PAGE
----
The Intellectual Property Office and Crown Prosecution Service (CPS) have joined forces to give prosecutors in England and Wales a new tool to help them tackle intellectual property (IP) crime.
IP crime is the counterfeiting of trade-marked goods such as clothes, pharmaceuticals, car parts and electrical goods and the piracy of copyrighted material such as CDs, DVDs, software and games.
More than 350 prosecutors from the CPS are being specially trained to build successful cases against counterfeiters and pirates.
The move is in line with the recently published Hargreaves review of intellectual property and growth and the Government’s IP crime strategy, which highlighted a need for a more integrated approach with partners to enforce IP rights.
Minister for Intellectual Property Baroness Wilcox said:
“The initiative will give prosecutors the most up to date information so they can successfully deal with intellectual property criminals. These offences are not victimless crimes. They have a detrimental effect on consumers, businesses, the economy and growth. Consumers are likely to receive poor quality or even unsafe products that simply aren’t worth the price.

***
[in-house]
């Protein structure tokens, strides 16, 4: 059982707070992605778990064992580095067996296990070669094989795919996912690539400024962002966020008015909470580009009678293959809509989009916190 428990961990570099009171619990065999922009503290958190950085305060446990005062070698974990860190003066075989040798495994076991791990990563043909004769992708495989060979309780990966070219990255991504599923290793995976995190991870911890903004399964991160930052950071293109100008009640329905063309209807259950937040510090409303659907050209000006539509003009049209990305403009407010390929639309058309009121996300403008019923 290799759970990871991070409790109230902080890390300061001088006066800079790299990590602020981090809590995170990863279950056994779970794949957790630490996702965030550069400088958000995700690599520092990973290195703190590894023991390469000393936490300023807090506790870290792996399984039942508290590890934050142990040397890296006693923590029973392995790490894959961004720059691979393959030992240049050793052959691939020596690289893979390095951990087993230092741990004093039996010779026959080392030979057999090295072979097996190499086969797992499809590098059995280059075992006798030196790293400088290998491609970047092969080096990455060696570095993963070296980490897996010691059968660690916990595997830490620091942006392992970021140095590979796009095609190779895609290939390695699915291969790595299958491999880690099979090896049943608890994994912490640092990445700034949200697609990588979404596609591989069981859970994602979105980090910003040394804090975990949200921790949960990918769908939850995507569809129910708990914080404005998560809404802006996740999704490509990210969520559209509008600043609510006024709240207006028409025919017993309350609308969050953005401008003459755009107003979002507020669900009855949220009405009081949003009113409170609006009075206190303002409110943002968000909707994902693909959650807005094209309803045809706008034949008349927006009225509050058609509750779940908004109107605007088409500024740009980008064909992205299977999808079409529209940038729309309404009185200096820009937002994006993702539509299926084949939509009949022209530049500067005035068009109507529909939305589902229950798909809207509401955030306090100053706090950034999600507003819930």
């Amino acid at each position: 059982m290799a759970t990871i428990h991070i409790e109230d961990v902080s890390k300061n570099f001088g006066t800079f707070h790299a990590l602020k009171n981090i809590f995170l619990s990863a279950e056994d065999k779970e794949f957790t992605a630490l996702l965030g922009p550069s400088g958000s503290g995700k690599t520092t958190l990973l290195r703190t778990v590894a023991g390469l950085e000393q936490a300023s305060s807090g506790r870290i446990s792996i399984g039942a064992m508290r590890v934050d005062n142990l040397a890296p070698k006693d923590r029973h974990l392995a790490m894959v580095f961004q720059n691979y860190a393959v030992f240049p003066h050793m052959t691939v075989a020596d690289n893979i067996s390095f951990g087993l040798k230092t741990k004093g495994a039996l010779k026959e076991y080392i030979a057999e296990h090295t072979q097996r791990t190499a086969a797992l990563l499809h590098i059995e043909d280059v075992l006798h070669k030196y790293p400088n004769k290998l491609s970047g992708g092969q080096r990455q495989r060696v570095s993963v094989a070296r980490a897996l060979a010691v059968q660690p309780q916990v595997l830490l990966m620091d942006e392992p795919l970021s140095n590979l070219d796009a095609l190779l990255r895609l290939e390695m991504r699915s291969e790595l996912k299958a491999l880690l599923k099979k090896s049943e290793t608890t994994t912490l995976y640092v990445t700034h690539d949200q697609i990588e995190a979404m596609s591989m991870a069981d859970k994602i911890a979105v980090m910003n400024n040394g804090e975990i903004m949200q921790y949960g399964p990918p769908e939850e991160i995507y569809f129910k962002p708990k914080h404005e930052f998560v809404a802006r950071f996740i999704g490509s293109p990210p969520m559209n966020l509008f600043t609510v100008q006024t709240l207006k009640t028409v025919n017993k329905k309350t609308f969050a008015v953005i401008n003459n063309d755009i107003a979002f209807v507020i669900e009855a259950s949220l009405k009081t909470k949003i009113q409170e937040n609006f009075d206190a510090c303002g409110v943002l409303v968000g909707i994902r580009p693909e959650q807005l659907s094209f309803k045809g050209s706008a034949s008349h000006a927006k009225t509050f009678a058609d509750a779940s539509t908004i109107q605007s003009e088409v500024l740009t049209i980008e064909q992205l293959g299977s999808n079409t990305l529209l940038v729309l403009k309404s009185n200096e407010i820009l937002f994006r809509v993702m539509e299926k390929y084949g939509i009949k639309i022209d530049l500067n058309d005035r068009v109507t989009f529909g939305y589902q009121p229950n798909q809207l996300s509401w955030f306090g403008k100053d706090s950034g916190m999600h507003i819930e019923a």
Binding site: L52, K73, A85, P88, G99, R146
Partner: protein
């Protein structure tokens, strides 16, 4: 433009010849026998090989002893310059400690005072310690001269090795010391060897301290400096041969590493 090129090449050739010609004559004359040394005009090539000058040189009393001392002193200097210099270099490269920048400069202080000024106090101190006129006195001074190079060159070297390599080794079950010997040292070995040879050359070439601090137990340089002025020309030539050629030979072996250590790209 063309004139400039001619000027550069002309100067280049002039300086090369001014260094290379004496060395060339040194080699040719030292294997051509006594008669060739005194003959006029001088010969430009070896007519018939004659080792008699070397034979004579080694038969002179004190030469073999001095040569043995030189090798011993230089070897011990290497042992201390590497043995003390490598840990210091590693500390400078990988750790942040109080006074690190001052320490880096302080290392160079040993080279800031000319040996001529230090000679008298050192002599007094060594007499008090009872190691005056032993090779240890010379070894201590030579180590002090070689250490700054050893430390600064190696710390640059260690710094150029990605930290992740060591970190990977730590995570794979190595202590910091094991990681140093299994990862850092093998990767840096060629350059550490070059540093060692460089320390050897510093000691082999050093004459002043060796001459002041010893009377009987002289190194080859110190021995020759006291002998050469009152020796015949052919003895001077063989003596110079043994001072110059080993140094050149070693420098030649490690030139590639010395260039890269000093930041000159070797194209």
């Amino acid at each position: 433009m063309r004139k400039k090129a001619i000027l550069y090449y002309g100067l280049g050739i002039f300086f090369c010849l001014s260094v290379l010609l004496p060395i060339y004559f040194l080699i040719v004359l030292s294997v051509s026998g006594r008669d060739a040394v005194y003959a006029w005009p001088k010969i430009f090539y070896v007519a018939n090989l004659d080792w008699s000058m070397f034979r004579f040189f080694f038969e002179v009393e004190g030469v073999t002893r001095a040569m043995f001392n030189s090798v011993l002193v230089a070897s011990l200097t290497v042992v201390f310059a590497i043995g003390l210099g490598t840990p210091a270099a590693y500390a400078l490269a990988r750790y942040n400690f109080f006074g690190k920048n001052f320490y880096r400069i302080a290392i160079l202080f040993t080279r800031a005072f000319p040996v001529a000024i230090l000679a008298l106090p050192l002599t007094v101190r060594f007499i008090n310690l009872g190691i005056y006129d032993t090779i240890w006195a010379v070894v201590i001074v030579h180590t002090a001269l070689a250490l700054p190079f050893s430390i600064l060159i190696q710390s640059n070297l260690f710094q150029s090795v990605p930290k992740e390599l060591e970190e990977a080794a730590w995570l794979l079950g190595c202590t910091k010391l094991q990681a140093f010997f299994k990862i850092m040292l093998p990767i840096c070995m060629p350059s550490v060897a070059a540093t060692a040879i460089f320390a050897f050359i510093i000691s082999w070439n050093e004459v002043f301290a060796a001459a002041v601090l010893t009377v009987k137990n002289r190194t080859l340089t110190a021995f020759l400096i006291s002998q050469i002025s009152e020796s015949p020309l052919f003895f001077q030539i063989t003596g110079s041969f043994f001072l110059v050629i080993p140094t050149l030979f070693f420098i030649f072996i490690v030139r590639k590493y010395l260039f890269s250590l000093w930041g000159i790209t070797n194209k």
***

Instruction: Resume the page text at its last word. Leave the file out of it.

“There are huge events coming up in the UK such as the London 2012 Olympic and Paralympic games. There will no doubt be people looking to sell counterfeit goods using trade marks associated with the games.”
Merchandise with an unauthorised London 2012 Olympic logo is already believed to be in the UK supply chain. Counterfeit cigarette lighters have been discovered at a car boot sale in the Coventry area and their source is being tracked down by Trading Standards.
Source:News :COI NDS.